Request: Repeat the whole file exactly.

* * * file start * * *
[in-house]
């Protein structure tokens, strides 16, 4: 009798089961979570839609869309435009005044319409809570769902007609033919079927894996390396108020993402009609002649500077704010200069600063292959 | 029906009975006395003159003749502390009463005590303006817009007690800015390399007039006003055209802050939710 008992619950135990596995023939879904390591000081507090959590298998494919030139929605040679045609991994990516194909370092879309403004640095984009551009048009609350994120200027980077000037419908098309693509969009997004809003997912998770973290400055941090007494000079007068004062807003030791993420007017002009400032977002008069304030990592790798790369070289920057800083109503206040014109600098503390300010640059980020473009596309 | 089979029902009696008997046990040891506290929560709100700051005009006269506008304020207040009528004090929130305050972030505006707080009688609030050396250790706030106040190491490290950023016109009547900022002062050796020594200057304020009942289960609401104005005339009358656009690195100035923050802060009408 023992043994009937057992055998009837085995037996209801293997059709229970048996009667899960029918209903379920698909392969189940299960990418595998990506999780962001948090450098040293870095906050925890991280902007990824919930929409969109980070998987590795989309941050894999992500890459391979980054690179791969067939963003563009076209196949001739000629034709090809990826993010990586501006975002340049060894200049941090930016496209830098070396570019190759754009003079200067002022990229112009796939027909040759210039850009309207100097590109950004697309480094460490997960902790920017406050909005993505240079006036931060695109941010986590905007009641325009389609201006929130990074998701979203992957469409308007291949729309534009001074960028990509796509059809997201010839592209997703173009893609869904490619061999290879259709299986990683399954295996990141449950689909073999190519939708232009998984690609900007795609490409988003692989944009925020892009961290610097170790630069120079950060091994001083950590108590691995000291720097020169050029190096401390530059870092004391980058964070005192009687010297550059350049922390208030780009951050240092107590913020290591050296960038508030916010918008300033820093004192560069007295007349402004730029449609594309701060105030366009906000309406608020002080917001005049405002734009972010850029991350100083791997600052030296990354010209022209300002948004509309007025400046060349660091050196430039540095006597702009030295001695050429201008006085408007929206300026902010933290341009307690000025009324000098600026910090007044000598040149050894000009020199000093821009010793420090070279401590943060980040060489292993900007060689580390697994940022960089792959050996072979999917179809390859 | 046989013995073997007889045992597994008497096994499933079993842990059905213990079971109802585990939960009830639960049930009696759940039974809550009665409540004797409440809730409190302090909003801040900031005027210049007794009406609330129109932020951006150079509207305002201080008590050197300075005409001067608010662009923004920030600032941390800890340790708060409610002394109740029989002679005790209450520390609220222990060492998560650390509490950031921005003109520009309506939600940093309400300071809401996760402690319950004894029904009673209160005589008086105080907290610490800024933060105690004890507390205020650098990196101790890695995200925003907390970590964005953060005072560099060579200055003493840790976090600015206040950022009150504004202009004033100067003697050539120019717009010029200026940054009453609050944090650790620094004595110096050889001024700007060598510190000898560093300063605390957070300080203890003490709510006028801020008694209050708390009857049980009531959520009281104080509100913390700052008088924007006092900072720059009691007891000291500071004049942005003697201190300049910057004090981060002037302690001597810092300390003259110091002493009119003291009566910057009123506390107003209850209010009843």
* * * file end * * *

[in-house]
């Protein structure tokens, strides 16, 4: 009798089961979570839609869309435009005044319409809570769902007609033919079927894996390396108020993402009609002649500077704010200069600063292959 | 029906009975006395003159003749502390009463005590303006817009007690800015390399007039006003055209802050939710 008992619950135990596995023939879904390591000081507090959590298998494919030139929605040679045609991994990516194909370092879309403004640095984009551009048009609350994120200027980077000037419908098309693509969009997004809003997912998770973290400055941090007494000079007068004062807003030791993420007017002009400032977002008069304030990592790798790369070289920057800083109503206040014109600098503390300010640059980020473009596309 | 089979029902009696008997046990040891506290929560709100700051005009006269506008304020207040009528004090929130305050972030505006707080009688609030050396250790706030106040190491490290950023016109009547900022002062050796020594200057304020009942289960609401104005005339009358656009690195100035923050802060009408 023992043994009937057992055998009837085995037996209801293997059709229970048996009667899960029918209903379920698909392969189940299960990418595998990506999780962001948090450098040293870095906050925890991280902007990824919930929409969109980070998987590795989309941050894999992500890459391979980054690179791969067939963003563009076209196949001739000629034709090809990826993010990586501006975002340049060894200049941090930016496209830098070396570019190759754009003079200067002022990229112009796939027909040759210039850009309207100097590109950004697309480094460490997960902790920017406050909005993505240079006036931060695109941010986590905007009641325009389609201006929130990074998701979203992957469409308007291949729309534009001074960028990509796509059809997201010839592209997703173009893609869904490619061999290879259709299986990683399954295996990141449950689909073999190519939708232009998984690609900007795609490409988003692989944009925020892009961290610097170790630069120079950060091994001083950590108590691995000291720097020169050029190096401390530059870092004391980058964070005192009687010297550059350049922390208030780009951050240092107590913020290591050296960038508030916010918008300033820093004192560069007295007349402004730029449609594309701060105030366009906000309406608020002080917001005049405002734009972010850029991350100083791997600052030296990354010209022209300002948004509309007025400046060349660091050196430039540095006597702009030295001695050429201008006085408007929206300026902010933290341009307690000025009324000098600026910090007044000598040149050894000009020199000093821009010793420090070279401590943060980040060489292993900007060689580390697994940022960089792959050996072979999917179809390859 | 046989013995073997007889045992597994008497096994499933079993842990059905213990079971109802585990939960009830639960049930009696759940039974809550009665409540004797409440809730409190302090909003801040900031005027210049007794009406609330129109932020951006150079509207305002201080008590050197300075005409001067608010662009923004920030600032941390800890340790708060409610002394109740029989002679005790209450520390609220222990060492998560650390509490950031921005003109520009309506939600940093309400300071809401996760402690319950004894029904009673209160005589008086105080907290610490800024933060105690004890507390205020650098990196101790890695995200925003907390970590964005953060005072560099060579200055003493840790976090600015206040950022009150504004202009004033100067003697050539120019717009010029200026940054009453609050944090650790620094004595110096050889001024700007060598510190000898560093300063605390957070300080203890003490709510006028801020008694209050708390009857049980009531959520009281104080509100913390700052008088924007006092900072720059009691007891000291500071004049942005003697201190300049910057004090981060002037302690001597810092300390003259110091002493009119003291009566910057009123506390107003209850209010009843």